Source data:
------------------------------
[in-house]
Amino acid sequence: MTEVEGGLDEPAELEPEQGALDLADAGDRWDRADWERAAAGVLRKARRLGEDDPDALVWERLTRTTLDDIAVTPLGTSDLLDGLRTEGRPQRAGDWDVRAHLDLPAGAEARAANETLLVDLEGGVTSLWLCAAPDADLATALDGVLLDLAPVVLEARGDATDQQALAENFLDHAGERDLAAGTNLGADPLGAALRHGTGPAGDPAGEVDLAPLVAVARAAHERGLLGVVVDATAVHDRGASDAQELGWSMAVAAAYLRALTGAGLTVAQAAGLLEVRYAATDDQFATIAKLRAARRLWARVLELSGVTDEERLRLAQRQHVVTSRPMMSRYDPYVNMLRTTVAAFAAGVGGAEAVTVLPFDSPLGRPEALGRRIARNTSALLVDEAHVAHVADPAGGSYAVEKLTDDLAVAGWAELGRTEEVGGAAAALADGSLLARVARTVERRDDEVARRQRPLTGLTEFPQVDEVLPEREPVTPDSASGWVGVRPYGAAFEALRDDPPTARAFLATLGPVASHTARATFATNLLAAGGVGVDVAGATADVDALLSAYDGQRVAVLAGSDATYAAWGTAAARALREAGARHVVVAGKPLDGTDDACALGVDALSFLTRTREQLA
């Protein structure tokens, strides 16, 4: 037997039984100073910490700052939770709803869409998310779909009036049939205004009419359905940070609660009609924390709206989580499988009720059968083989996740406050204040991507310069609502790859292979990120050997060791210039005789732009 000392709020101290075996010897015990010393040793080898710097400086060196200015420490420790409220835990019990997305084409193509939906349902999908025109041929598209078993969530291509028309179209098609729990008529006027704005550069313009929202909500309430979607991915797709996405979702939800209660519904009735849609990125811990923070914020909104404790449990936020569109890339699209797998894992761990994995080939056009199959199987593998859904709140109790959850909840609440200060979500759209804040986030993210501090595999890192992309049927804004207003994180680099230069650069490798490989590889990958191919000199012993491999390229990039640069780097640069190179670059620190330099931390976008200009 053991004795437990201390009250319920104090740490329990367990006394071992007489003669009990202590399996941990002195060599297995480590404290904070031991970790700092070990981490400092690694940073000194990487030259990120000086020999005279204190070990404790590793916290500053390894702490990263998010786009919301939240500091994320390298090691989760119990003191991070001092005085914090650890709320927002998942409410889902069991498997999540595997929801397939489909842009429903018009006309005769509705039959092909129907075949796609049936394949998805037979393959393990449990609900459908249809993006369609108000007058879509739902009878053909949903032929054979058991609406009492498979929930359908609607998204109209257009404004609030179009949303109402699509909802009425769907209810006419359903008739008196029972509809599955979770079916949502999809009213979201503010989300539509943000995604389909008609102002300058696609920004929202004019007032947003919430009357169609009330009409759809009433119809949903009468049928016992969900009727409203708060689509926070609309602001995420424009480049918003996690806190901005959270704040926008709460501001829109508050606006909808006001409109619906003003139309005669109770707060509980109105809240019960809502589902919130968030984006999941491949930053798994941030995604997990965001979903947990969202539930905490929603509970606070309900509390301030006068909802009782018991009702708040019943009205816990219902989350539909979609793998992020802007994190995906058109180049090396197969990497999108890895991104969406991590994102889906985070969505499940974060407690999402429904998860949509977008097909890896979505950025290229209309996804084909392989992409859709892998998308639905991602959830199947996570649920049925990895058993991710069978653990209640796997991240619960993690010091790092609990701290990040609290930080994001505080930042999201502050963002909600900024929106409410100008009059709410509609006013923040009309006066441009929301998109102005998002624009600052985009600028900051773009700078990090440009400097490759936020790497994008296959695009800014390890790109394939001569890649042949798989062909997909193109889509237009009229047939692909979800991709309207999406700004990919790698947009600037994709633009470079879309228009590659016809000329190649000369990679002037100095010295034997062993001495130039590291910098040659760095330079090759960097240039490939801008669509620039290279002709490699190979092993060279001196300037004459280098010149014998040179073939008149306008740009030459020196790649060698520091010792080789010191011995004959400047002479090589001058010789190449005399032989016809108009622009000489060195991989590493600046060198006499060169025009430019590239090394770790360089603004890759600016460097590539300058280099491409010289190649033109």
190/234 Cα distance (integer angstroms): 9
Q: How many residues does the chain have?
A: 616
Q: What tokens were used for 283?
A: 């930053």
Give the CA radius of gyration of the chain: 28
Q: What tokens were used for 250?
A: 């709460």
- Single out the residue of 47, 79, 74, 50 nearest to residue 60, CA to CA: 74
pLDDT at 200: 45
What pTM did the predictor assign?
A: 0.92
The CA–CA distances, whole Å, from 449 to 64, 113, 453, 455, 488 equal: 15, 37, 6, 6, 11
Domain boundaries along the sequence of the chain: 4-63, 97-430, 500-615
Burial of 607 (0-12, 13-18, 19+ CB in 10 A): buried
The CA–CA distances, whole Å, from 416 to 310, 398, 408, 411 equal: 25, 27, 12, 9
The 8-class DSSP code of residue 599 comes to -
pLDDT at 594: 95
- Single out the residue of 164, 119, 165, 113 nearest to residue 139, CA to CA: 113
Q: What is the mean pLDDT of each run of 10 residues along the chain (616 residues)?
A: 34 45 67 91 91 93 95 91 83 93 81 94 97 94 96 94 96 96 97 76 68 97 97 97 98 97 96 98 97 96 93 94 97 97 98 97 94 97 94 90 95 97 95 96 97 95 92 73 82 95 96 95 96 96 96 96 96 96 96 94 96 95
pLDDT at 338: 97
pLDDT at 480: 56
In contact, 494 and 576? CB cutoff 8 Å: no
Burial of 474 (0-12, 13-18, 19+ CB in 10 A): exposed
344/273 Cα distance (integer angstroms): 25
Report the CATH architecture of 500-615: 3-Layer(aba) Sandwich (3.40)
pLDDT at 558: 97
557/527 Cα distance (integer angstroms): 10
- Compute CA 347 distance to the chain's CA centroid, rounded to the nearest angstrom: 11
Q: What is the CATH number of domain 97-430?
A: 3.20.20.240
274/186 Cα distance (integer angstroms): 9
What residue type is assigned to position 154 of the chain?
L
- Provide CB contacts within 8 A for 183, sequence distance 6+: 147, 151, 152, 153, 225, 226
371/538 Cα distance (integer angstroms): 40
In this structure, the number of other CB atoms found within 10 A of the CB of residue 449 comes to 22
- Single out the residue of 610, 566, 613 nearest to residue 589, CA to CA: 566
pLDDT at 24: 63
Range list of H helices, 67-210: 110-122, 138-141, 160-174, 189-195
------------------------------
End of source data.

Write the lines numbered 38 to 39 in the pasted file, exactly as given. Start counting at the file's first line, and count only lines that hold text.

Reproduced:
L
- Provide CB contacts within 8 A for 183, sequence distance 6+: 147, 151, 152, 153, 225, 226